Automated Publishing for TTRPGs
Using itch.io's automation features for tabletop rpg publishing
Itch.io is a popular platform for TTRPG publishing. Given it’s history as a indie video game platform, it probably comes at no surprise that there exists a way to bundle up game releases, version them and automate updates via the itch client. The beauty of this is that itch doesn’t actually care what kind of content is within the package. We can leverage this to have automatically updating rulebooks for our RPGs!
In this article, I’ll present how we do that1, using a earlier game concept that I didn’t get around to launching:
Preamble: this guide assumes some familiarity with command-line utilities. butler is command-line only (that is, cmd.exe, Terminal, shell, etc).
First, download the itch client: https://itch.io/app. Install and log in. This allows you to both install butler and test your game’s installation.
Using the itch client, install the butler command line tool. The advantage of using the itch client is that it’ll keep butler up-to-date. Simply click the Install button after searching for ‘butler’ and it should default to the stable install for your OS.
Alternatively, you can install butler directly from https://itchio.itch.io/butler — it’s just a single executable — you may use the
butler upgradecommand periodically to update itself.
Add the butler installation directory to your system path.
Windows: Open Windows menu, type
env. Highlight the “Edit environment variables for your account” and hit enter. Click the
Environment Variablesbutton, highlight the upper “Path”, hit the Edit… button, and Add a new path. This should be the directory that contains butler.exe (the suggested itch.io client installation — step 3 above — puts it into
Log in by issuing the
butler logincommand at a command-line/terminal prompt:
Windows: Start menu > Search > type “cmd”. Type
butler loginand hit enter. This will open an authorization page in your web browser. Log into itch (if not already logged in) and hit the Authorize button to allow butler to use your account2
Create a new project using the itch web interface. Keep it in draft mode for now. Feel free to edit description, pricing, tags, rewards, anything except for uploading files. We will be doing that using butler in the next steps.
Create your project directory on your local machine. Fill the directory with all the files you want to deliver. Only the files within this directory are delivered, so name the directory whatever you wish. For the purposes of this post, I’ll be naming this directory “content” for simplicity.
Push a build using command line:
Open a terminal window as in step 6
Navigate to the directory you wish to upload
Issue the push command. This is an example. You will need to customize it for your needs:
butler push . berdandy/gastronomy:rulebook
To help you customize it, let’s break that down:
butler- the name of the exectuable. Don’t change this.
push- the operation we are performing. Don’t change this either.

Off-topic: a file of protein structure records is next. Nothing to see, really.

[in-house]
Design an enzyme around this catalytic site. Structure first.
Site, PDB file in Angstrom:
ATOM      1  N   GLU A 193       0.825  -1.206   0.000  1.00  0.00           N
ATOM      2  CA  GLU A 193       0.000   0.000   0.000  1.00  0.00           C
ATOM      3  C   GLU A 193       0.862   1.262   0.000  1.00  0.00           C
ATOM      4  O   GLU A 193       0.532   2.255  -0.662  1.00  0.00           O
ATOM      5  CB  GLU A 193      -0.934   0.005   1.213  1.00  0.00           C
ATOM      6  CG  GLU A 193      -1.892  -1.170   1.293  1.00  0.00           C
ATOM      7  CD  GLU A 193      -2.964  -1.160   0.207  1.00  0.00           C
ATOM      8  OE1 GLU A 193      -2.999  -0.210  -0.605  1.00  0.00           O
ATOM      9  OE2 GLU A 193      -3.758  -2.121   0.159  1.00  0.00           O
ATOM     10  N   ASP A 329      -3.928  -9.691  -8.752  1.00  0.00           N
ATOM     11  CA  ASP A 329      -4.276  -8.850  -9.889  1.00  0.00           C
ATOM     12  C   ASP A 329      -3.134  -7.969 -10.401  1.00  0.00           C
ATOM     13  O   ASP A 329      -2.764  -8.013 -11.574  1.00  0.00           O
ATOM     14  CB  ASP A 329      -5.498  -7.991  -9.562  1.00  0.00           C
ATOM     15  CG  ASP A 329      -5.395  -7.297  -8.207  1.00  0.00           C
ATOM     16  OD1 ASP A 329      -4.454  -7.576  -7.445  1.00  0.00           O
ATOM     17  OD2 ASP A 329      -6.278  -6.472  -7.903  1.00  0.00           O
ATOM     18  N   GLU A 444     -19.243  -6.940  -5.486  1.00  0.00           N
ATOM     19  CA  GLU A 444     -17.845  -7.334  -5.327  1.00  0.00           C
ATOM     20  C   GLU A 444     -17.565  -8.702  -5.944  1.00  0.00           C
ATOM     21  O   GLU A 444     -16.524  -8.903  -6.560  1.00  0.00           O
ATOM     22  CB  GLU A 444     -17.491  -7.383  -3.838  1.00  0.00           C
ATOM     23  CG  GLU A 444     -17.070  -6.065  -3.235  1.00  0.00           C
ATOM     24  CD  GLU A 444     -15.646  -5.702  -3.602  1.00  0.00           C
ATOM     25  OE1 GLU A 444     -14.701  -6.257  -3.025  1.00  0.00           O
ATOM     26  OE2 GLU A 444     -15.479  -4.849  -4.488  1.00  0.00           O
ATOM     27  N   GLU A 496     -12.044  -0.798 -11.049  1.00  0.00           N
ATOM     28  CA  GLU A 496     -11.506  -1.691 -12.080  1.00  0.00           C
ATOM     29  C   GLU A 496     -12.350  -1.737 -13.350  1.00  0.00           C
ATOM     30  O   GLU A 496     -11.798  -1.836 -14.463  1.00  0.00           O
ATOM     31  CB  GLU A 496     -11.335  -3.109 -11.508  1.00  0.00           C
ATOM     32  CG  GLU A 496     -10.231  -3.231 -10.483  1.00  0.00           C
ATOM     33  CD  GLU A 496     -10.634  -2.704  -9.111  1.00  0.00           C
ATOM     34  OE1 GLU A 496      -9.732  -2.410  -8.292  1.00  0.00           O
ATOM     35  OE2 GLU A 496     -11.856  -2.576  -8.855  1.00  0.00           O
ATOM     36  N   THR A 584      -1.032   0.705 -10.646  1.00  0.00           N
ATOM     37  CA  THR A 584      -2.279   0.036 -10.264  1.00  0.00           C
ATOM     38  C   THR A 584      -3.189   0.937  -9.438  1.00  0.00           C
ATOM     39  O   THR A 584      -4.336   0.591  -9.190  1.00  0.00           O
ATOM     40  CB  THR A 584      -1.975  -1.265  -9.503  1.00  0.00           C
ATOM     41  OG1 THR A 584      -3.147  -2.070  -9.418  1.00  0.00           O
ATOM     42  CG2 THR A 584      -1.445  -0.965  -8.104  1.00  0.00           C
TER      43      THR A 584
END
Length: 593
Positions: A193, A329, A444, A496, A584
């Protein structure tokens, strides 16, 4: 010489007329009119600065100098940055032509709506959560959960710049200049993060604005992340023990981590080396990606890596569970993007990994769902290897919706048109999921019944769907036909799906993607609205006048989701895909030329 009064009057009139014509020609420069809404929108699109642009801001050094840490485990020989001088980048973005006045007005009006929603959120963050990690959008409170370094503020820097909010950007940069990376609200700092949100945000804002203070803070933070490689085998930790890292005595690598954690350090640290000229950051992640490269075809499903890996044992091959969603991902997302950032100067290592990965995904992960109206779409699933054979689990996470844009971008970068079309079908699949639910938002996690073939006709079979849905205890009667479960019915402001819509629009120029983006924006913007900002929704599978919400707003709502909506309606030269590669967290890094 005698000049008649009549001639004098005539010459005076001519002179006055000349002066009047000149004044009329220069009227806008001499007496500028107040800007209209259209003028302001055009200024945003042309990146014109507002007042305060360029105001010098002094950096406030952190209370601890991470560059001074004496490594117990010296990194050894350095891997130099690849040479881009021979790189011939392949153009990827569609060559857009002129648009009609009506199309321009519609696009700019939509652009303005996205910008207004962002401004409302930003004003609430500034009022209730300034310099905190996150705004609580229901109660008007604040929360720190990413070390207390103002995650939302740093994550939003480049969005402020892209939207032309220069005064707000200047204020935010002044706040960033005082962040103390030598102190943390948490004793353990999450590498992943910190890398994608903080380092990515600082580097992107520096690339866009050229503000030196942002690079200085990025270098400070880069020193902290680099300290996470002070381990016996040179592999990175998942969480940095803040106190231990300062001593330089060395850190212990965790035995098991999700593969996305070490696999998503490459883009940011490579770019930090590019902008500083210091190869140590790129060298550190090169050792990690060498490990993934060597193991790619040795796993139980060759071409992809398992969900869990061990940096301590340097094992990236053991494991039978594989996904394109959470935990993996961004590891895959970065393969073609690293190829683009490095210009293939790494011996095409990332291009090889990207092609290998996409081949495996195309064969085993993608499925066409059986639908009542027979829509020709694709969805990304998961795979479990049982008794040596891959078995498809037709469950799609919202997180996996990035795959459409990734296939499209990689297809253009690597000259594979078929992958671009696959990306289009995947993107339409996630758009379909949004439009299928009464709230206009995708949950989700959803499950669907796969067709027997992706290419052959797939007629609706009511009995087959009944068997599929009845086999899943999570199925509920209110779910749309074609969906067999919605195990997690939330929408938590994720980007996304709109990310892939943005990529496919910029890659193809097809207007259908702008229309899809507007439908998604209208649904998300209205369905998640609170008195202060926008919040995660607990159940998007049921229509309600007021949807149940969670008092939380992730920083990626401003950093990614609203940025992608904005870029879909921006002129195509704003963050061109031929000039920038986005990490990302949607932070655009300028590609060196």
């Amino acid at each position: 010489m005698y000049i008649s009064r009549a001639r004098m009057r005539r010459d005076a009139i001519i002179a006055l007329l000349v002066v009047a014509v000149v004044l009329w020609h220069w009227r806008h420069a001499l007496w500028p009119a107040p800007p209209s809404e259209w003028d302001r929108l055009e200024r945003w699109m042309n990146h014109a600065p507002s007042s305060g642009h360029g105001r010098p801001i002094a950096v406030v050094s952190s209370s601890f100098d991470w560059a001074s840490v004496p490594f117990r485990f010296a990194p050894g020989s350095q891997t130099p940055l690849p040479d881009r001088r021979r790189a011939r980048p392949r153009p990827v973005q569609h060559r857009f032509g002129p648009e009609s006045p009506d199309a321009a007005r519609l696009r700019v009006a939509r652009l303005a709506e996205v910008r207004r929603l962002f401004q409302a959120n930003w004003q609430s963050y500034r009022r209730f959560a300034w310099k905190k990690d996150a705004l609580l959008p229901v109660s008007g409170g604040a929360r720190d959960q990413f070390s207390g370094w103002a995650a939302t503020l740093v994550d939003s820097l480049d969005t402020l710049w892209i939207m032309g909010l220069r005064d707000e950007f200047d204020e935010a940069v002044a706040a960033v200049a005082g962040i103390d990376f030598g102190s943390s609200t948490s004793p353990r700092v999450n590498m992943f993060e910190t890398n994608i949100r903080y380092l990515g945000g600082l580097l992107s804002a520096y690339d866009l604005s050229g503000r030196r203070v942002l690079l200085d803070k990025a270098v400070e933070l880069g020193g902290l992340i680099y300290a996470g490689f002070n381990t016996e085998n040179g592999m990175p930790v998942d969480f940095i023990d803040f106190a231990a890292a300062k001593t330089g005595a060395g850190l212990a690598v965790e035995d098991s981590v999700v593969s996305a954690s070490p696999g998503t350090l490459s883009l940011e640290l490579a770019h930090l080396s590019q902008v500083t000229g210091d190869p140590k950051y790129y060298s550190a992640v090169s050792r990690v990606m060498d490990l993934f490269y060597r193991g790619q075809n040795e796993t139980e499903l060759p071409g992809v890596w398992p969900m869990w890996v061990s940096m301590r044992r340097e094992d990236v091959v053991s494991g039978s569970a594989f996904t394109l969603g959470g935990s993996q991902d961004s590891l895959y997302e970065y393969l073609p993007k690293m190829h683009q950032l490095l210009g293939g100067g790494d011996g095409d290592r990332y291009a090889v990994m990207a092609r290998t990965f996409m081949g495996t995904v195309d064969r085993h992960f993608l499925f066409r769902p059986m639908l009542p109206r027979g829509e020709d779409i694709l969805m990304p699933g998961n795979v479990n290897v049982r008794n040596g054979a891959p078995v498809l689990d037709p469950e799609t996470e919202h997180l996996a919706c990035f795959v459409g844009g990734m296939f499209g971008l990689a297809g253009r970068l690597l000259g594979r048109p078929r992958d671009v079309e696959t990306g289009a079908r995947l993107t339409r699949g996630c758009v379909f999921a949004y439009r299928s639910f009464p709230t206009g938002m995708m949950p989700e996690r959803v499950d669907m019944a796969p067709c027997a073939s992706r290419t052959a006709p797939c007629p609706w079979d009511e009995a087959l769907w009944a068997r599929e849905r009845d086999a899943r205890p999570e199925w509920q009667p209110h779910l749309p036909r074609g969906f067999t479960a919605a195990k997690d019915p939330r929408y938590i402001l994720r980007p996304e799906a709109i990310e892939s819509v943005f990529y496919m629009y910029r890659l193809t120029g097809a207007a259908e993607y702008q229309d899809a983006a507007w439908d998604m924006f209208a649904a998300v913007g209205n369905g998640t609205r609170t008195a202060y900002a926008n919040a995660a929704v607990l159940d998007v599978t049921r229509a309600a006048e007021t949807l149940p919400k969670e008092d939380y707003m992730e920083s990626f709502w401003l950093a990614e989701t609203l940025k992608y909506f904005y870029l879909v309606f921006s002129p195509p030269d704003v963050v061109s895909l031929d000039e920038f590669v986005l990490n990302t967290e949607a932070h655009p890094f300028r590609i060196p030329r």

.- what to push. The period character means “current directory.”
berdandy- my username on itch. Change this.
gastronomy- the name of the project I’m uploading. Change this.
rulebook- the name of the channel I’m uploading. For TTRPGs, there’s no special meaning here, you can use whatever keyword you wish. It affects the name of the zip file created. This is roughly analogous to platform. Video games would naturally have a channel for windows, mac, linux, etc. These show up as seperate downloads.
The product name and channel name are used to name the zip file that is downloadable by your user. In the example above, that would add
gastronomy-rulebook.zipto the project.
Note: if your content directory contains only a single file — like a pdf — itch will present it to the user as a direct download (as long as it’s small enough), rather than a zip file. This doesn’t seem to work for the first version, for some reason.
Edit your game on itch, and change the type of your product to Book. Itch defaults to Executable, but it’ll remember what you set as long as you keep your channel name consistent.
Save your edits. Take the game out of draft and launch it normally, if you’re happy with the results.
To update a game, simply go back to the content directory and issue the same push command again:
butler push . berdandy/gastronomy:rulebook
Every time you push a build, the version number will increase (even if there are 0 changes). However, itch will intelligently re-use differences from version to version, minimizing the amount downloaded.
What does it look like to the player?
When a player goes to the project page in the itch client and clicks on Install, they’re presented with a channel and installation location prompt:
Once it’s installed, the itch client checks for updates every 30 minutes (and on startup). You can force it to update as a user in the Preferences.
Screenshots and instructions provided are for Windows, but this mechanism is similar for mac and linux users of butler. Installation and system path setting are the only variations. This is left as an exercise for the reader.
If you notice something that says wharf, don’t worry. That’s the underlying technology that butler uses to publish builds.